helen99: A windswept tree against a starlit sky (Default)
[personal profile] helen99 posting in [community profile] naturaldyes
Note: I haven't tried this yet so can't yet verify how it actually works.

There was a meeting of the Mycological Association of Washington (MAW) this evening. The speaker was Susan Hopkins, who gave a talk on making textile dyes from various types of mushrooms. During the talk, she distributed a handout titled, "The Best Mushrooms for Color: A short Selection of the Best Mushrooms to Dye Wool". My favorite mushroom dye was made from the Hapalopilus Nidulans, which turns a vivid purple when mixed with a strong alkaline like ammonia or potassium hydroxide. That's something I'd like to try - it's a local mushroom so I may be able to find some around where I live. From class notes:

Preparing the wool: Before using the dye on wool, the wool is prepared with a "mordant" (a chemical salt which allows the dye to 'take'). Mordants add "hooks" to the wool so the dye will catch. One type of mordant can be made by mixing 1-2/3 tablespoon of alum, 2 tsp of cream of tartar and 2 cups of hot water. Animal fiber (e.g., raw wool) seems to work better than vegetable fibers such as cotton. Wash the wool in Ivory Snow to remove any oils or dirt, and then simmer it in the mordant for an hour. Move it around in the mordant three times while it's cooking. Let it sit overnight in the mordant. Using rubber gloves, squeeze the excess water out but don't wring it, and then let it air dry.

Preparing the mushrooms: Start with correctly identified mushrooms that have been dried. Use a ratio of one-to-one (one ounce dried mushroom to one ounce wool). Break up the mushrooms into pieces that are as small as possible. Place into a nylon stocking or cheesecloth and tie securely. Submerge in warm water (preferably no chlorine) and soak overnight in a plastic pot. The following day, simmer mushrooms for one hour in water to which has been added enough drops of ammonia to change the PH to 9 (use PH sticks to test the PH of the water).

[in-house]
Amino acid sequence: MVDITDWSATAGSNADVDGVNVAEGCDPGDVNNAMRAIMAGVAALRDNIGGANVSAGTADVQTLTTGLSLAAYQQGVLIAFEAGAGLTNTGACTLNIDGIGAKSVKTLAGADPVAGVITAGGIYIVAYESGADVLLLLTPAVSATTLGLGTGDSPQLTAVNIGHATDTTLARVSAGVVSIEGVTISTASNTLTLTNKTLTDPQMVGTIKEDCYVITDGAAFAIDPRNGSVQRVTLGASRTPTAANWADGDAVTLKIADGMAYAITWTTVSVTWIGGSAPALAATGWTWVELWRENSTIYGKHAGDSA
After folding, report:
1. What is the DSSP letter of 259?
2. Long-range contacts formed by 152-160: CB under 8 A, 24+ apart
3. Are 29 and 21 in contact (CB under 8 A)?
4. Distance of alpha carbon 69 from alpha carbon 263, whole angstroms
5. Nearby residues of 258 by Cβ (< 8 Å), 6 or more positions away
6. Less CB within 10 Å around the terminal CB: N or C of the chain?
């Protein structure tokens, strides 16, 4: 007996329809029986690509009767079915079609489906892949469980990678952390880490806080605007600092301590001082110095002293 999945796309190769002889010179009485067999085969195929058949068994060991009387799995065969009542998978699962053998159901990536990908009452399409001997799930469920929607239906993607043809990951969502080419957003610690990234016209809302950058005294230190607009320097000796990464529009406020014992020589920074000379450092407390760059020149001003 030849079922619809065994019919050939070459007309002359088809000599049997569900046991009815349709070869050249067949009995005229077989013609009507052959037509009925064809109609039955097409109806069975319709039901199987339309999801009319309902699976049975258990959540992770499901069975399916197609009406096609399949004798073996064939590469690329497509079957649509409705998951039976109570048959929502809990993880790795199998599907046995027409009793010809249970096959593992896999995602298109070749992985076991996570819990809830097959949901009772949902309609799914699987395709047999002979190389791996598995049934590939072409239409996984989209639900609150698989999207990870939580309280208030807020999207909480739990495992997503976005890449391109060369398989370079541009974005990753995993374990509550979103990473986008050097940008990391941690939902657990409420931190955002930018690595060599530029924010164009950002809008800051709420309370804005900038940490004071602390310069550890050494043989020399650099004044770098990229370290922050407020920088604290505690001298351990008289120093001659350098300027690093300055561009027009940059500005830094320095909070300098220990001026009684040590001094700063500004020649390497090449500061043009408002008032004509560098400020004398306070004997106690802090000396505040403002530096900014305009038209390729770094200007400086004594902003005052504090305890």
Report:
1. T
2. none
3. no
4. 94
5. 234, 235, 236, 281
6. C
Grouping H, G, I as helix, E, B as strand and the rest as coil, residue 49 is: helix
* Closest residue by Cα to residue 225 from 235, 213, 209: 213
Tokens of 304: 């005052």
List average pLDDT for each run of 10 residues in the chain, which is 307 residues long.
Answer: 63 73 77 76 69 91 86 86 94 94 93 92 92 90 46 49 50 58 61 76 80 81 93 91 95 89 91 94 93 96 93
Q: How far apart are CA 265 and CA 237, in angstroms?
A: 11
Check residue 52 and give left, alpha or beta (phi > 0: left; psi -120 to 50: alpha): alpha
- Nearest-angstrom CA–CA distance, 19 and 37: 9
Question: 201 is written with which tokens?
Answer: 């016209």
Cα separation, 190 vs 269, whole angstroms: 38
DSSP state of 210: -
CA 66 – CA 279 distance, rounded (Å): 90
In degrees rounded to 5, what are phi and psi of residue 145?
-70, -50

Once the dye bath is ready, place wool in the dye bath and simmer for an hour

This link shows other dyes that can be made with local mushrooms, some of which I may be able to grow myself. I've had some luck with growing Reishis, which make rust colored dye. Mushrooms for Dyes, Paper, Pigments & Myco-Stix™ by Miriam Rice contains additional information about mushroom dyes.

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Date: 2009-05-06 06:11 pm (UTC)
holyschist: Image of a medieval crocodile from Herodotus, eating a person, with the caption "om nom nom" (Default)
From: [personal profile] holyschist
Yeah, I find it kind of intimidating, too. But the results are really interesting!

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